Gentzen was a very modest, aloof, one could almost say unworldly man, who lived only for his science and only allowed himself to take his mind off it with difficulty. For my wife's sake he accepted under pressure an invitation to a concert, which we caught on too late must have been an ordeal for him. He explained to us after the concert that for him music was a most extremely unpleasant noise. In the last weeks in Prague Gentzen visited us more frequently. The talks at the time naturally turned to when and how we would leave Prague. On 3 May 1945 he appeared with two bottles of wine, the remnant of a package received from his uncle. On 5 May the Czechs began their revolution. I experienced this beginning in a lecture by Gentzen on "Introduction to formal Logic". He accompanied me as far as the tram and took his leave with greetings to my wife and the advice not to speak on the way. On 6th and 7th we spoke by telephone and on 8th of May we were locked up by the Czechs.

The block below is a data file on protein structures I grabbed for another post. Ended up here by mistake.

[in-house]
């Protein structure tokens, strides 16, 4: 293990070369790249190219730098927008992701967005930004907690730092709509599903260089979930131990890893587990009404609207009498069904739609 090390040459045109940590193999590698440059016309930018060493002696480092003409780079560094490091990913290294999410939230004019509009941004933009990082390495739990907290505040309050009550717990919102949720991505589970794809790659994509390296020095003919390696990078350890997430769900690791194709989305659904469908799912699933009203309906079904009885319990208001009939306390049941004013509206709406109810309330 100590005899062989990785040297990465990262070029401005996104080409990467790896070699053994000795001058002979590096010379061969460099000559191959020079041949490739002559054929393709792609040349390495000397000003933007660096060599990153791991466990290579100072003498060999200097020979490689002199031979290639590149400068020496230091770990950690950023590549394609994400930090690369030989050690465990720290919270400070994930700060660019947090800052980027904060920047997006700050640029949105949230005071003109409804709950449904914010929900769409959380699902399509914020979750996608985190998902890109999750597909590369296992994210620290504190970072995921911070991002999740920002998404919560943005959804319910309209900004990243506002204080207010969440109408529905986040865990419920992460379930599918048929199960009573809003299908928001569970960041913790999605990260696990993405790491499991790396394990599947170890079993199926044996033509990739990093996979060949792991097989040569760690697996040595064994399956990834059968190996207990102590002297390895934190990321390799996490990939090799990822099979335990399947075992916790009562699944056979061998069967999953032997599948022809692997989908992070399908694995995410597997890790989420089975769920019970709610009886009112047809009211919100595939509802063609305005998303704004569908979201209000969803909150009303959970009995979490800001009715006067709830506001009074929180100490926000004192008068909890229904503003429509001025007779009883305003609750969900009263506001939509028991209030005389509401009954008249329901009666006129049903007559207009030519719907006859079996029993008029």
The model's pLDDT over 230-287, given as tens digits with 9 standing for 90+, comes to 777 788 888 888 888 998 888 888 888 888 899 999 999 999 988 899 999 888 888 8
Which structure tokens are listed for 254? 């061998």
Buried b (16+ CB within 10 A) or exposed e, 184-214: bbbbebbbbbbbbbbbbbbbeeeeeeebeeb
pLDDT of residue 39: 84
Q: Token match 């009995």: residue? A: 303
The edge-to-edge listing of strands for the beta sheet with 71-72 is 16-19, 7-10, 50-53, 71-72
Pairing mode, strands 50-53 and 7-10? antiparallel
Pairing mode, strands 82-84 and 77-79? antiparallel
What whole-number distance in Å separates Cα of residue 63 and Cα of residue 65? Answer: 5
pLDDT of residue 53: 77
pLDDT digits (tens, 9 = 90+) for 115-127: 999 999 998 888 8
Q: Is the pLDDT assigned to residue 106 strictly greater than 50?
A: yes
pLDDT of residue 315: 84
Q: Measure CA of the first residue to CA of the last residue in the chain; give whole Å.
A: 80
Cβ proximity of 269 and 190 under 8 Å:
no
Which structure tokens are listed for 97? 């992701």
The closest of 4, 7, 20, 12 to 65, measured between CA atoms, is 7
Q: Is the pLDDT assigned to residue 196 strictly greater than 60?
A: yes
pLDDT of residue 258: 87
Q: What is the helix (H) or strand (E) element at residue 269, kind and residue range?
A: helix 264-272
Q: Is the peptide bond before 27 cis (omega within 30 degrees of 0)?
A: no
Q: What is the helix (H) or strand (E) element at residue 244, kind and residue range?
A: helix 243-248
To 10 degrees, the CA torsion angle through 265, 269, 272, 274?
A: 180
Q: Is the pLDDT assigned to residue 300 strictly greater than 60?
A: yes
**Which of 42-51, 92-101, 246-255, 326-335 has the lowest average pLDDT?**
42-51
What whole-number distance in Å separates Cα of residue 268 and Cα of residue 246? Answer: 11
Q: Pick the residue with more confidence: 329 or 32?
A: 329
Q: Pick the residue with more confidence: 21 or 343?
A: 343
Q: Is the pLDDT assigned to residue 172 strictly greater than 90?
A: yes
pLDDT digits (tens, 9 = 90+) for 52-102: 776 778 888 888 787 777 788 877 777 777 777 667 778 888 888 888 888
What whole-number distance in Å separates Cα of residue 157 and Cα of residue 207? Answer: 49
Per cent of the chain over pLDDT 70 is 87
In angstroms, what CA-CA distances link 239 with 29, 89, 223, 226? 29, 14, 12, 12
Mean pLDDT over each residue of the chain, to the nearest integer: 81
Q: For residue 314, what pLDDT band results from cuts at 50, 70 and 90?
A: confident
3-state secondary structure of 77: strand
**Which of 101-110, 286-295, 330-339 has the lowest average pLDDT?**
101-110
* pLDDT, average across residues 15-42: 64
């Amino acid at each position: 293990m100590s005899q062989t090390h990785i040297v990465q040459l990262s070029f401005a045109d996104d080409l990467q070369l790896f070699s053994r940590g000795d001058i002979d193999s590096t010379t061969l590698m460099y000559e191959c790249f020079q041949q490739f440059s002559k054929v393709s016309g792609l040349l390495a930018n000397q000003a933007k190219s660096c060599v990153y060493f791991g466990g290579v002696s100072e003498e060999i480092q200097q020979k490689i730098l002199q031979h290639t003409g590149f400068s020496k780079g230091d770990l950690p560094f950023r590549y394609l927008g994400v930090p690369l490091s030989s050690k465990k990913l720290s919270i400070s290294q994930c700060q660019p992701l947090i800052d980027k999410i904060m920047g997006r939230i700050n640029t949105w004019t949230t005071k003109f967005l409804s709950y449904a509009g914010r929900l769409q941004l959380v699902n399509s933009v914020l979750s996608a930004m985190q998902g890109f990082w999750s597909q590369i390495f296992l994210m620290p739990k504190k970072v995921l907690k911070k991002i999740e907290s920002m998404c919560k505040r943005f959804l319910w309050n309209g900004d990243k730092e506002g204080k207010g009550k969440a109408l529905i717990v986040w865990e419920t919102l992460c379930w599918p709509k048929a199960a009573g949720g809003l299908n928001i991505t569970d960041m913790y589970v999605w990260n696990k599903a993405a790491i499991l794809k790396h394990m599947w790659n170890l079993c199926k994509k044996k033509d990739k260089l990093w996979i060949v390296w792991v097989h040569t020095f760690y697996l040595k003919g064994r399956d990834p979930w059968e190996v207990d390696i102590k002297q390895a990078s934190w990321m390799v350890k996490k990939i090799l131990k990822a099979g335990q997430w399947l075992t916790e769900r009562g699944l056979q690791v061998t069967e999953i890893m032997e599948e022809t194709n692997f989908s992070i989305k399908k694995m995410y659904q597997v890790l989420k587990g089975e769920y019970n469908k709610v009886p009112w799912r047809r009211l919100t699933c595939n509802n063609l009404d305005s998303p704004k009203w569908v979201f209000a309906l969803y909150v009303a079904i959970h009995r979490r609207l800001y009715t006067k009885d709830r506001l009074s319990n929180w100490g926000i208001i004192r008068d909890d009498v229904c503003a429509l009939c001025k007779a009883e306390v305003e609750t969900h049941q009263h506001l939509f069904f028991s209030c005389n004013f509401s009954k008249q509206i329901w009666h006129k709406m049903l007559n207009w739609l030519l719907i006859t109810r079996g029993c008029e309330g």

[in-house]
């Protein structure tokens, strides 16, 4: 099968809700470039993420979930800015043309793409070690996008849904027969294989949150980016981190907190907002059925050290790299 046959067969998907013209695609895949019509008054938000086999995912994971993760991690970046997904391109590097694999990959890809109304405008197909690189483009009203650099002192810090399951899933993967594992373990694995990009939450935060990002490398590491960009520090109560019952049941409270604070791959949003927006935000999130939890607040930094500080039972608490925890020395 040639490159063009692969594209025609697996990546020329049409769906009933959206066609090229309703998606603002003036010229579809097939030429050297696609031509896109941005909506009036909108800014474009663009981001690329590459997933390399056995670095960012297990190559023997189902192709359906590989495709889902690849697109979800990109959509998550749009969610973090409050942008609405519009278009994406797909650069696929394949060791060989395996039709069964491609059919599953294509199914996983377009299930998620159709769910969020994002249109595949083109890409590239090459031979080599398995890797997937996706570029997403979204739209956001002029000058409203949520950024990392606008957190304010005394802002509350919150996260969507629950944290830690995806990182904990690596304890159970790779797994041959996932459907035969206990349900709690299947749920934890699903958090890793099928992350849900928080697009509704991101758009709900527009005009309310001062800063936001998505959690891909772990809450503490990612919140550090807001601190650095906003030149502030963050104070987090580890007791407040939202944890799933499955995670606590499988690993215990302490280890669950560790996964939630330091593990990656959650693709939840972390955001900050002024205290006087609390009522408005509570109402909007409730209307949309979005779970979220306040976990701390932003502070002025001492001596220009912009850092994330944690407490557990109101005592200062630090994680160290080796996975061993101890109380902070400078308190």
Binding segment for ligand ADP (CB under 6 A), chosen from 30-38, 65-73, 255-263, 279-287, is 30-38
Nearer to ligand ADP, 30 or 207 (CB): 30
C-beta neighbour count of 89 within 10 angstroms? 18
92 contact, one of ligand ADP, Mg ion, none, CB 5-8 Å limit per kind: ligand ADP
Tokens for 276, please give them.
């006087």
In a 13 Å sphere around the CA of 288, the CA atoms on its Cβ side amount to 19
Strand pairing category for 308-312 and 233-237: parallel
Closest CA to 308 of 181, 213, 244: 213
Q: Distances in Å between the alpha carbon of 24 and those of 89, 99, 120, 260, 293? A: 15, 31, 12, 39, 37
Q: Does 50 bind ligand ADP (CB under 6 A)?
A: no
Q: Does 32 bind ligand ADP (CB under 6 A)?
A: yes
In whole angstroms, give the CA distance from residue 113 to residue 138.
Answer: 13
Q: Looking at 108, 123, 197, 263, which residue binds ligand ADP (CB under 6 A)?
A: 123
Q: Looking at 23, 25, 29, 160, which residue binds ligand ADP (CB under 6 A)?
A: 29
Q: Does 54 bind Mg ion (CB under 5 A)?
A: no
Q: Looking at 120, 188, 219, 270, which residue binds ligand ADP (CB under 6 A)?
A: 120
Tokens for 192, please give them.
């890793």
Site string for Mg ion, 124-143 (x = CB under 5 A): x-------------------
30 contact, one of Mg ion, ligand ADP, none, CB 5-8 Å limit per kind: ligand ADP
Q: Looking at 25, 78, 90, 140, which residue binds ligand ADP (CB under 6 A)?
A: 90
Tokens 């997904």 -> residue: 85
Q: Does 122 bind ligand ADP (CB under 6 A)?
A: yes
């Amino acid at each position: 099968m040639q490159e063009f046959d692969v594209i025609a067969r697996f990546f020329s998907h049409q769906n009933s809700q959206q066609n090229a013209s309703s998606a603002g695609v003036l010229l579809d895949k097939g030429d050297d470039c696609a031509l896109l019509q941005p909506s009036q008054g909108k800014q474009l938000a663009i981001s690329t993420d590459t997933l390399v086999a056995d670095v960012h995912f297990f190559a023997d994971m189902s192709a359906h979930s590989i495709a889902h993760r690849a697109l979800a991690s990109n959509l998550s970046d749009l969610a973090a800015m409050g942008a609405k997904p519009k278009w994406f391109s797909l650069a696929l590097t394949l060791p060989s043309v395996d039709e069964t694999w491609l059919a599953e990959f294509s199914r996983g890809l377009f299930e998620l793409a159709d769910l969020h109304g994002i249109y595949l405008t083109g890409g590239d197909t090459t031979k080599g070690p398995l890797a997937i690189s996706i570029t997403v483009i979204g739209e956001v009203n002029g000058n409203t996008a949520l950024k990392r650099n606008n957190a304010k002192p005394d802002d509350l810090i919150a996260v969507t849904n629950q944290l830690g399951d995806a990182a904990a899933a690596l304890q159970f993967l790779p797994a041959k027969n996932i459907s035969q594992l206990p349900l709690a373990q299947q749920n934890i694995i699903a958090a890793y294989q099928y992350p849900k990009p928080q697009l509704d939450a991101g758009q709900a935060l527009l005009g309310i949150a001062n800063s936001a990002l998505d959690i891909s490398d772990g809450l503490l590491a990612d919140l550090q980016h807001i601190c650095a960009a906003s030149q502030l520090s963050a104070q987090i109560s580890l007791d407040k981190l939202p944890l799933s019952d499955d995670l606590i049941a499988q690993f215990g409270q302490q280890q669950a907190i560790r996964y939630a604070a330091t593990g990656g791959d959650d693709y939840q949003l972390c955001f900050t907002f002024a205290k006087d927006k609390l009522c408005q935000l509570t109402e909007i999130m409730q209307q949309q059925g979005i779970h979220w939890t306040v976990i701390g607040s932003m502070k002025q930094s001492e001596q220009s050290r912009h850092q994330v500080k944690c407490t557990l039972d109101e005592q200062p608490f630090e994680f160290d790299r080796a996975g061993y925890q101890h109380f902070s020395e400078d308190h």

On 30 May 1944 Professor Rohrbach introduced me to the lecturer Gentzen. ... His black hair was always parted neatly; he was always very well shaved and his clothing carefully looked after. His fine structured form with the lively black eyes revealed an in no way naive but predominantly intellectually stamped personality. In spite of the gulf between his towering intellectual power and a nobody like me, Gentzen was always a warm and ready-to-help superior. In the evenings and Sundays everyone went his own way. Gentzen spoke however of his dissertation, for which a proper judge could only be found with difficulty ... Gentzen used this calculus frequently for logical clarification - also for banal questions, whether he should go to the cinema. Thereby on notes he wrote tautologies, etc. The secretary probably observed this ... Gentzen showed me a lovely invitation to deliver a lecture to the Institute for Advanced Studies in Princeton. The outbreak of the war hindered all lectures.